With 45 locations, the aromas of hot soup and freshly baked bread greet customers across the nation as they approach Souper Salad's overflowing display of crisp salad greens and freshly prepared hot selections. Menus for the buffet change daily, but can include albóndigas soup, Tuna Skroodle pasta salad, A-MAIZE-ing cornbread, and other dishes. Dine-in guests are free to fill their bowls with their favorite soups and chilis, build their own salads from a plethora of crispy greens and tangy dressings, and see how much soft-serve ice cream they can pile atop a single cone. Patrons can also make a visit to the taco bar or flatbread pizza zone, and gluten-free, vegetarian and vegan options are available.
It was a fateful night in January 1999 when the bellies of college sophomores Leon and Tiffany started to rumble. The two UT Austin students convened at Leon's apartment, where they whipped up a batch of chocolate-chip cookies in his oven. As they chewed on the warm, gooey fruits of their labor, the pair was struck by the idea to sell these freshly baked cookies to their fellow students. They began delivering treats to their peers during evening study breaks before expanding their customer base to include parents and Austin residents, all the while renting the back kitchen of a local restaurant to accommodate the growing demand. Fifteen years later, the indulgent lure of Tiff's Treats has helped Leon and Tiffany open 13 locations throughout Austin, Dallas, and Houston. Within these bakeries, kitchen crews sculpt fresh dough into 10 types of cookies, supplementing the gooey morsels with decadent brownies and signature Tiffwiches?vanilla Blue Bell ice cream sandwiched between two warm cookies. Bakers hand-deliver batches every day, pulling them fresh from the oven instead of the overheated engine block of the delivery car.
Nothing Bundt Cakes mixes fresh eggs, genuine butter, and real cream cheese into rounded risers worthy of slapping up on Mom's fridge. Choose from nine moistened cake flavors, such as ravishingly rich red velvet or swirlishly scrawled marble. Lemon bundt cake goes particularly well with tea parties attended largely by rabbits, mice, eccentric haberdashers, and confused British girls, and raging chocoholics can get a day’s worth of fixes with the moist and decadent chocolate chocolate chip. Every cake, from the pineapple-studded carrot cake to the streusel-like pecan praline, comes topped with thick petals of Nothing Bundt’s signature cream-cheese frosting. Sizes start as small as a single serving (wee bundtlets are $3.99 each, $45 per dozen), and go all the way up to a two-tiered cake ($65, serves about 26) that resembles a frosted snowman, which is perfect for any autonomous ice monster's first birthday. Split the menu down the middle with a 8-inch, frosted bundt-in-a-box ($29.50).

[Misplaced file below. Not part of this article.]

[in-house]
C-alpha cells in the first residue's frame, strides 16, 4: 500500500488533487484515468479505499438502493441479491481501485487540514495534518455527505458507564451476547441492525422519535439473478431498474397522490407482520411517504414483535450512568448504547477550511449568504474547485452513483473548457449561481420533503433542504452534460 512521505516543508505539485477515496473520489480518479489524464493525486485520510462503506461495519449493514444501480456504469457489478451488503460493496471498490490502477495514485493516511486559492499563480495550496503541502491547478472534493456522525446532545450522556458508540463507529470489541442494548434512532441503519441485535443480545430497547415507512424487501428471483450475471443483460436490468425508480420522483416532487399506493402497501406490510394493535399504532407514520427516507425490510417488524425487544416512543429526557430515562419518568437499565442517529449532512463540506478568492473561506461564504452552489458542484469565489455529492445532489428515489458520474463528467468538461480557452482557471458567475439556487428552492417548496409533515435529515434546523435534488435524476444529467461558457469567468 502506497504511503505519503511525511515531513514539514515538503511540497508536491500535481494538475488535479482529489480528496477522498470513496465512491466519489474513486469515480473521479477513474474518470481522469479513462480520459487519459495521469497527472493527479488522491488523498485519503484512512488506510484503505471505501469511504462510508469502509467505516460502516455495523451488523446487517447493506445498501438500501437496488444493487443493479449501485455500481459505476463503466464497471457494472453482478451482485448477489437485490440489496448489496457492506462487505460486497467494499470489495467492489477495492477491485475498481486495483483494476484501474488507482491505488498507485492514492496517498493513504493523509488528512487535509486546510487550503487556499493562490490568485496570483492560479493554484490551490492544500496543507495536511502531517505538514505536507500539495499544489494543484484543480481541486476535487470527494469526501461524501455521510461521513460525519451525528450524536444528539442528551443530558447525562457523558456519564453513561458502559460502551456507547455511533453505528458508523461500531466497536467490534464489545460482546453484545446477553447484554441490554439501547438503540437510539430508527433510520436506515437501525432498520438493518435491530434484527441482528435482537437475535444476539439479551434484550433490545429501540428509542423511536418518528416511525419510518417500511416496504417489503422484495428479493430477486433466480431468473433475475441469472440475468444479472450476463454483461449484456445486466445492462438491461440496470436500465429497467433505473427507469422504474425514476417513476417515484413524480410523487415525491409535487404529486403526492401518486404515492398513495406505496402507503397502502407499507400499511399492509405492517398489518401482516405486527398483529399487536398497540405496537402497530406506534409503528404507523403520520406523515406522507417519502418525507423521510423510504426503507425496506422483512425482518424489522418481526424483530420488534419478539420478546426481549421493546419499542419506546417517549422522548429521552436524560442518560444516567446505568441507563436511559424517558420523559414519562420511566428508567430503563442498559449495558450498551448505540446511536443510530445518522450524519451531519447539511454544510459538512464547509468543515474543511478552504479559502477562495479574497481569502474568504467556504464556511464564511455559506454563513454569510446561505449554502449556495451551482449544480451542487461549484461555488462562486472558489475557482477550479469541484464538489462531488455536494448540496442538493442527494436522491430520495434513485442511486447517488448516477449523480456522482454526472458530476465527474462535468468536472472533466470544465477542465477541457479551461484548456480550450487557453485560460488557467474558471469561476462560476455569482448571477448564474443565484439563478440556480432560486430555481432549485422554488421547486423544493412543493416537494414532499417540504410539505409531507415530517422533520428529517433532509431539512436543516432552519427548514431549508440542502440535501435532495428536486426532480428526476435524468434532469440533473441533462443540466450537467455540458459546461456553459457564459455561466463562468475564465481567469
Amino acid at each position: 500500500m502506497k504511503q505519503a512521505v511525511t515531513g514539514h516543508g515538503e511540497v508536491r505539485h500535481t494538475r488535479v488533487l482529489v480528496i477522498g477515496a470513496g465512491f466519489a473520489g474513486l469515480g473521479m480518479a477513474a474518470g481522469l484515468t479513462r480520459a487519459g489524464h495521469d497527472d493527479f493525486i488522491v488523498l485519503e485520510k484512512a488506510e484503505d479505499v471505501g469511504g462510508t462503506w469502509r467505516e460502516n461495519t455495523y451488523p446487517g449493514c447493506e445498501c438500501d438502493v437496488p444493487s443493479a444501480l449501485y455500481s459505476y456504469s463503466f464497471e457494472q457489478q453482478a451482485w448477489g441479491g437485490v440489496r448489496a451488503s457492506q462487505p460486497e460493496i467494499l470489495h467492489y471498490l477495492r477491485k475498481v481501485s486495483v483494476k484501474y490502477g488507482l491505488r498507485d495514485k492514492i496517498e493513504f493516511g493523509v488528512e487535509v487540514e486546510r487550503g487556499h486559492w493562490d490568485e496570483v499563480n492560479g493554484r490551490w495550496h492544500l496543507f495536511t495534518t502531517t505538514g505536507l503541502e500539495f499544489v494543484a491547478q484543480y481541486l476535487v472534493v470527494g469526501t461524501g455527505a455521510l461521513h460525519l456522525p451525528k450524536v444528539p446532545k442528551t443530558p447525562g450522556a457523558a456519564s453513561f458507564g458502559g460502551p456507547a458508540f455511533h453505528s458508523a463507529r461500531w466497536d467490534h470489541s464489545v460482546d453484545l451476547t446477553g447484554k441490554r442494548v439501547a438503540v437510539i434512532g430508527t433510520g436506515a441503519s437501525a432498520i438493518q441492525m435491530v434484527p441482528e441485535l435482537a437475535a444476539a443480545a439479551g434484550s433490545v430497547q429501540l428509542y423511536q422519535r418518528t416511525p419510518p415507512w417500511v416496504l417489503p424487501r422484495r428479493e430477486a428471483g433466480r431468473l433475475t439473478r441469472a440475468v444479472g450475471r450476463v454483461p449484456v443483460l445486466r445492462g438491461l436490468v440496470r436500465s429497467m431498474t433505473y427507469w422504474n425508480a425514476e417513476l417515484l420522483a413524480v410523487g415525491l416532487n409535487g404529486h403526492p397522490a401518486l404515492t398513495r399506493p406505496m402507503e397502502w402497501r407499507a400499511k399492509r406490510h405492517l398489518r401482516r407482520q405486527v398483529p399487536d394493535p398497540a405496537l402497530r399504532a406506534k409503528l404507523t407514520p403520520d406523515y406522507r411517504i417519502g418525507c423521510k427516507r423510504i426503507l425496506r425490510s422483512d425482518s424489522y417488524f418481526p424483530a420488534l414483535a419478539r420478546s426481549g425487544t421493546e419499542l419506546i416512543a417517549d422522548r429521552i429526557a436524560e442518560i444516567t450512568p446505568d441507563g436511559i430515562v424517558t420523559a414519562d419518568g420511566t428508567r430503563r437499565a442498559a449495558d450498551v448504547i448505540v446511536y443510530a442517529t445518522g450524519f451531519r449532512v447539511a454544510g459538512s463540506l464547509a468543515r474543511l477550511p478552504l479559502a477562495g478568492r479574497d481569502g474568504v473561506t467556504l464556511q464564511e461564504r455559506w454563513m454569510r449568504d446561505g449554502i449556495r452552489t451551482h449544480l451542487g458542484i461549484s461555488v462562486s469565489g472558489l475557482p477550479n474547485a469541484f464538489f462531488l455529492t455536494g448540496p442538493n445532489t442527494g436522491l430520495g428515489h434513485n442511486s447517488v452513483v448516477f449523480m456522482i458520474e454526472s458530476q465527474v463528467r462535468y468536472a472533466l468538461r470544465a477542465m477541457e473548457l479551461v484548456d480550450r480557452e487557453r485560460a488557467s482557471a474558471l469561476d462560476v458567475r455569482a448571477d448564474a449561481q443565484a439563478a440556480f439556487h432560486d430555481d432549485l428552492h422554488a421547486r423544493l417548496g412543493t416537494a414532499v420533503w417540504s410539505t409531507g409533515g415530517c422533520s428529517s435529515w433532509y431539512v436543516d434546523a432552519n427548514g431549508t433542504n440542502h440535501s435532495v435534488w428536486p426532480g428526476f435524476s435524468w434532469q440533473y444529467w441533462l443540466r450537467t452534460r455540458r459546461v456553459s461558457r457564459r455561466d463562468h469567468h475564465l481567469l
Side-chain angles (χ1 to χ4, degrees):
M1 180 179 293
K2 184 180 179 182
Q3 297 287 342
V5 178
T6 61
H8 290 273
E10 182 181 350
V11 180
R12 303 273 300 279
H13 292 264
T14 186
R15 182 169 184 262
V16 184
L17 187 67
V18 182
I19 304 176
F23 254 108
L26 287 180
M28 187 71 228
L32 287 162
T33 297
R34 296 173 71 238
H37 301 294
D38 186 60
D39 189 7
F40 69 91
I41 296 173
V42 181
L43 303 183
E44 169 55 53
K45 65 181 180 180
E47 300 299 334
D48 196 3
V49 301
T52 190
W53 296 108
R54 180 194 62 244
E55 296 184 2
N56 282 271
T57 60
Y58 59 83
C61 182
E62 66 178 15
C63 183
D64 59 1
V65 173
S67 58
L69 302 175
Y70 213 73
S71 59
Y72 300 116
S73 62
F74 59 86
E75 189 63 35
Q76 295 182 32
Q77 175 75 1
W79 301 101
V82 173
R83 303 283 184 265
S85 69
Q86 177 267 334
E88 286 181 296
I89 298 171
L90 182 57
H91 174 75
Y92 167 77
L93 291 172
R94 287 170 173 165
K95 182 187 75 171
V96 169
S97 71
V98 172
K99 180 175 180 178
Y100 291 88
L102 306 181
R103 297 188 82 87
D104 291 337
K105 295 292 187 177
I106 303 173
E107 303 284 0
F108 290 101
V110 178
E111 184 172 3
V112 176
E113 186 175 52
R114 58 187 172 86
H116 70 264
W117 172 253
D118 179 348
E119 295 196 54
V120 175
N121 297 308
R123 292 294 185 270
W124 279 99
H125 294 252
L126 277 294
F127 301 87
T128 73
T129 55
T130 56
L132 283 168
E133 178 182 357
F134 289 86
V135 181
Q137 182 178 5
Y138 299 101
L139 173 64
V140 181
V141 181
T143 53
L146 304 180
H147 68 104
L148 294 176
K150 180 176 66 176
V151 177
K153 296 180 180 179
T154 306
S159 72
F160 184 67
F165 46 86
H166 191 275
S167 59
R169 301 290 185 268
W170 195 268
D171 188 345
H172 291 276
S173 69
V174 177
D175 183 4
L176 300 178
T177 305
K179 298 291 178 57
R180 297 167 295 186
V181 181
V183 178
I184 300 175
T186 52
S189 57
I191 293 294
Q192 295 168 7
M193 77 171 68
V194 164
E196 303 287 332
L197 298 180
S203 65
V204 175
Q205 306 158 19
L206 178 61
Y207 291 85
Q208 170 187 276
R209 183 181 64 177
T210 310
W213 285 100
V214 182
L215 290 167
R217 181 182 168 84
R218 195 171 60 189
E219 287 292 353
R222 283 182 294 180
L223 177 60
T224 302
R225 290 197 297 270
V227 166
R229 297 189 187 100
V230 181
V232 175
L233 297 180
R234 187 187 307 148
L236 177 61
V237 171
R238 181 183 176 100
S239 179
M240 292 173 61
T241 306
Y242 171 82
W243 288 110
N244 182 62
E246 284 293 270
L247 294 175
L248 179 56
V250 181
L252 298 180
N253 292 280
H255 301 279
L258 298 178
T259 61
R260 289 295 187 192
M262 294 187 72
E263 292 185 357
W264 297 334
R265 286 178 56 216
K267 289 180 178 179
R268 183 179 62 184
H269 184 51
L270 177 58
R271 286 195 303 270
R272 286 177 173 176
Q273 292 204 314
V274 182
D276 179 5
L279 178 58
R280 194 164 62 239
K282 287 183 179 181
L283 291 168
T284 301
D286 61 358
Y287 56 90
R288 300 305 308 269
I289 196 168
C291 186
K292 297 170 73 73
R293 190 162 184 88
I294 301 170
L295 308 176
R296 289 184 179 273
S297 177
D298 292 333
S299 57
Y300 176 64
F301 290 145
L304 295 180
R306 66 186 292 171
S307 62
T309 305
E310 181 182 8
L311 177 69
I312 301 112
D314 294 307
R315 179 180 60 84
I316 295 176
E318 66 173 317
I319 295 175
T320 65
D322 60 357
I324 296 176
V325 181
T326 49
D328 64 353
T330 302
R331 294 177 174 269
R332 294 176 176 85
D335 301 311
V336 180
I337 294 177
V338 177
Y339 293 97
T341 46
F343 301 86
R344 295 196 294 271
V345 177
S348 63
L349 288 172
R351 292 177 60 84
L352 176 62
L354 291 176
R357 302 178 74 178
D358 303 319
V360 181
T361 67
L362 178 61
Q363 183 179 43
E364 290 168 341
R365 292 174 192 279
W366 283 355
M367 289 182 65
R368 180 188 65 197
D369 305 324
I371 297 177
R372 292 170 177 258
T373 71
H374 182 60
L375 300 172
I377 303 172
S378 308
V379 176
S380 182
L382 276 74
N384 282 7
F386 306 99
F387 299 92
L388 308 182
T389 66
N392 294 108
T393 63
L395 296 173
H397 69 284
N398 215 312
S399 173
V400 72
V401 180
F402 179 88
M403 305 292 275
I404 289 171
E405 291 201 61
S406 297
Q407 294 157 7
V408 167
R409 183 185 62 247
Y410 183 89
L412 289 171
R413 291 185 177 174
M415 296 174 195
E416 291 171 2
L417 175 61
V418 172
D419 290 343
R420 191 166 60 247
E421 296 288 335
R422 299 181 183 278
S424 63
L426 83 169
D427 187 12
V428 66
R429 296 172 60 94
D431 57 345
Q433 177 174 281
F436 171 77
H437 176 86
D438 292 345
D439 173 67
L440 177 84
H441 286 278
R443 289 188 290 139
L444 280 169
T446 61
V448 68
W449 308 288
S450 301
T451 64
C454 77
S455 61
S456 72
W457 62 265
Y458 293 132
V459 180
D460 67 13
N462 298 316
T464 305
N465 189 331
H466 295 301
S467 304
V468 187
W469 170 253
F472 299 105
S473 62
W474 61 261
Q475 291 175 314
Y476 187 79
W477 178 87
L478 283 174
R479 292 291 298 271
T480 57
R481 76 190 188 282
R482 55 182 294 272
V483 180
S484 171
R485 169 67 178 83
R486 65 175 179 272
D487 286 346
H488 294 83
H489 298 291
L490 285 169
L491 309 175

Featuring an extensive menu of creative American food—including The Reuben 1976, born on the restaurant and brewery's opening day—Humperdink's has served the mertroplex area for 36 years. Humperdink's boasts menu items such as barbecue ribs, sustainable seafood, steaks, gourmet burgers, and original buffalo hot wings, along with a number of award-winning microbrews crafted on the premises and served on tap.
When Roshi Muns opens her bakery’s ovens, she doesn’t just see cookies, brownies, and whoopie pies. She sees a chance to give back to the Dallas community. Society Bakery gets its name from the native Texan’s desire to change the world around her, be it through petit fours and miniature pecan pies or donations to more than 100 local charities. In addition to old-fashioned pastries, Society whips up vegan cupcakes, specialty whoopie pies made with bread pudding, and empanadas stuffed with fig and pumpkin. It’s hardly a surprise that the bakery’s creations have appeared on the Food Network, the Style Network, and the closed-circuit networks of its customers’ dreams.